Leak: Google develops AR headset "Project Iris"
Google reacts to competition from Meta, Apple, and Microsoft: "Project Iris" is to become AR glasses for everyone.
Recently, there have been increasing hints that Google has embarked on a new AR project. Tech leaker Alex Heath now has exclusive information from sources close to the company.
The device under development is said to have integrated cameras that capture a video image of the surroundings, which can then be enriched with AR elements.
The idea is anything but new: Meta is already launching a device based on this exact design principle this year with Cambria, and Apple could also reportedly unveil its first video AR headset in 2022, years in development.
Google's AR headset: launch in 2024
Work on Project Iris - the device's code-name - is said to have started recently, and the market strategy is not yet clearly defined. The targeted launch in 2024 could therefore be provisional, Heath speculates. The first prototypes are said to resemble ski goggles and work autonomously, i.e., they do not require an external player.
Google will rely on its own chip design, as with the latest Pixel smartphone. The device is to run on Android. In parallel, Google could work on a specialized AR operating system. Allegedly, the company is also thinking about using cloud streaming for computing AR content in order to circumvent restrictions like limited computing power and waste heat.
The project is top secret and currently employs 300 people, with Google looking to hire hundreds more skilled workers.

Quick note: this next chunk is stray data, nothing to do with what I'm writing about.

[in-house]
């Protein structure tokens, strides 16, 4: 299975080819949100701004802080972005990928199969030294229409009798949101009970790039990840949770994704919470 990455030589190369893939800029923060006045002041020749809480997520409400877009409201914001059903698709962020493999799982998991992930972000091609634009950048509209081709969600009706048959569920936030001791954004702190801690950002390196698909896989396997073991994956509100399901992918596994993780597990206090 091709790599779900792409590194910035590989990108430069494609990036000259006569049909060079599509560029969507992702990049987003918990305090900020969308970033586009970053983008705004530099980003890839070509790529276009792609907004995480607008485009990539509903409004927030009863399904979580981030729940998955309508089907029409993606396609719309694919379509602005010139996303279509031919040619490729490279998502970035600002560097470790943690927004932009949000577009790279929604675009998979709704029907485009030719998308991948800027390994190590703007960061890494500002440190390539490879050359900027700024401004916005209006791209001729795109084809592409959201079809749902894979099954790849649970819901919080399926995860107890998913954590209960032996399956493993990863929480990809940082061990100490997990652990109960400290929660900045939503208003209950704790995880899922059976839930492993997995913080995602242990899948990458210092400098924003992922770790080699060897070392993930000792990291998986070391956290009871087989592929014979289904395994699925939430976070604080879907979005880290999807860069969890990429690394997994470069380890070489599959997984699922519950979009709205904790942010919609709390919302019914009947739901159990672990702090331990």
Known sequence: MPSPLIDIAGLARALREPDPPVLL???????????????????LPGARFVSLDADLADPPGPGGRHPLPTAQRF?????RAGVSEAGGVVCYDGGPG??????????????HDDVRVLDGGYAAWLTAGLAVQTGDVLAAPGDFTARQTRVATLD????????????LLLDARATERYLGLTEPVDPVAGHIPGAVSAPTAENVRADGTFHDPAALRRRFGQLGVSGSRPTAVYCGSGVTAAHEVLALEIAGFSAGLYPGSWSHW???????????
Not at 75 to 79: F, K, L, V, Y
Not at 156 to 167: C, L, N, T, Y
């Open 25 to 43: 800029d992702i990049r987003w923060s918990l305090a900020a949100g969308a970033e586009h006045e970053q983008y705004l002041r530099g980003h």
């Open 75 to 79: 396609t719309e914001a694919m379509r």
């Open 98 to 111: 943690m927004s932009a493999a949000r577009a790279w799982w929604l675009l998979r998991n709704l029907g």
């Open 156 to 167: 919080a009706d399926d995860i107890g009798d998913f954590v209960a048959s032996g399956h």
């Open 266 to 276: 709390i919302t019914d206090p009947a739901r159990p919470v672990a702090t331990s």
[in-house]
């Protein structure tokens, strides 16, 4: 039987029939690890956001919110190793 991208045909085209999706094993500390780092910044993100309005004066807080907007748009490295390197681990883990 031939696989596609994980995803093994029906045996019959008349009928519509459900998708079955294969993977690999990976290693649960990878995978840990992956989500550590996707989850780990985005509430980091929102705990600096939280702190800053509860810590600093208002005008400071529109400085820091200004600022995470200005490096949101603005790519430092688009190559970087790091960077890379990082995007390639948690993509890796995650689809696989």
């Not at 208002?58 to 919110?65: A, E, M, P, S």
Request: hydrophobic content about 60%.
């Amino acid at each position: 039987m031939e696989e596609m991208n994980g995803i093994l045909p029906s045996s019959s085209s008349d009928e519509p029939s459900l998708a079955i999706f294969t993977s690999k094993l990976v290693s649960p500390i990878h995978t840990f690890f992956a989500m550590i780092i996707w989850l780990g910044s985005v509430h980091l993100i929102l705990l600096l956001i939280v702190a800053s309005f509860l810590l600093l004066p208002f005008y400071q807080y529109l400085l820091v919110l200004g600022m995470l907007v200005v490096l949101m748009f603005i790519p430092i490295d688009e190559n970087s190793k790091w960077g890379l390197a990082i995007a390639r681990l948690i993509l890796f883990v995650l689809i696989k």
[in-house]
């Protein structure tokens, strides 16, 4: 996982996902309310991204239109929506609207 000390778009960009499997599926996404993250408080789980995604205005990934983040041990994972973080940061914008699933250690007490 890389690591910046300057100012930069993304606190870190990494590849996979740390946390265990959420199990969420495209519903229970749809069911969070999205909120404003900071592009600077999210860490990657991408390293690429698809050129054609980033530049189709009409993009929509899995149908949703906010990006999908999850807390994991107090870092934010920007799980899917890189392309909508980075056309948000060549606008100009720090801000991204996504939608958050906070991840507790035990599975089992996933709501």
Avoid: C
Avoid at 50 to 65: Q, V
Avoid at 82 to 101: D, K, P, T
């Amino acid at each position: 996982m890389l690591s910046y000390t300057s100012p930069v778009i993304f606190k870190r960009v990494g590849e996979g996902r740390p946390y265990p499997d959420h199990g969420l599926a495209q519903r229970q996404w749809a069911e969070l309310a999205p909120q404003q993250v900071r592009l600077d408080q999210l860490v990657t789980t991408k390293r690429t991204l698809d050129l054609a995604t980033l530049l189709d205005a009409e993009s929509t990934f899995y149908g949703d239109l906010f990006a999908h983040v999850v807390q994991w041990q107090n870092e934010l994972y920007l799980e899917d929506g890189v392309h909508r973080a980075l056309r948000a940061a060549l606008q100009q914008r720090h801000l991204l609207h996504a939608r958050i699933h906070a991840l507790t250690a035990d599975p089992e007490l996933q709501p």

The core team includes specialists who led and manage projects such as ARCore and Google Lens, Lytro's former chief technology officer, and Marc Lucovsky, who recently joined Google from Meta. Lucovsky was responsible for the development of Meta's XR operating system. Heading up Project Iris is Clay Bavor, Google's longtime VR and AR chief.
Is Google in panic mode?
Measured against the competition, Google is late to the party with its video AR headset. After the early failure of its Google Glass, an expensive bad investment in Magic Leap, and a series of unsuccessful VR projects like Google Cardboard and Google Daydream, the company shifted its focus to AR software development. The results are Google Lens, AR navigation in Google Maps, and AR search.
Meta's aggressive push into VR and AR and the ongoing rumors about Apple's AR plans could be the reason for Google's sudden and late change of heart.
Shortly after Facebook's refocusing on the Metaverse, Google reorganized and launched Google Labs, a division that specializes in long-term technology bets. The future lab is headed by Clay Bavor, who reports directly to CEO Sundar Pichai.
Google Labs is also likely to work on AR glasses suitable for everyday use, which is the goal for all corporations, including Meta and Apple, but is not yet technologically feasible.
In 2019, Google bought data glasses maker North, and recently Hololens optics-chief Bernard Kress moved from Microsoft to Google. Kress was instrumental in the development of Google Glass and Hololens.
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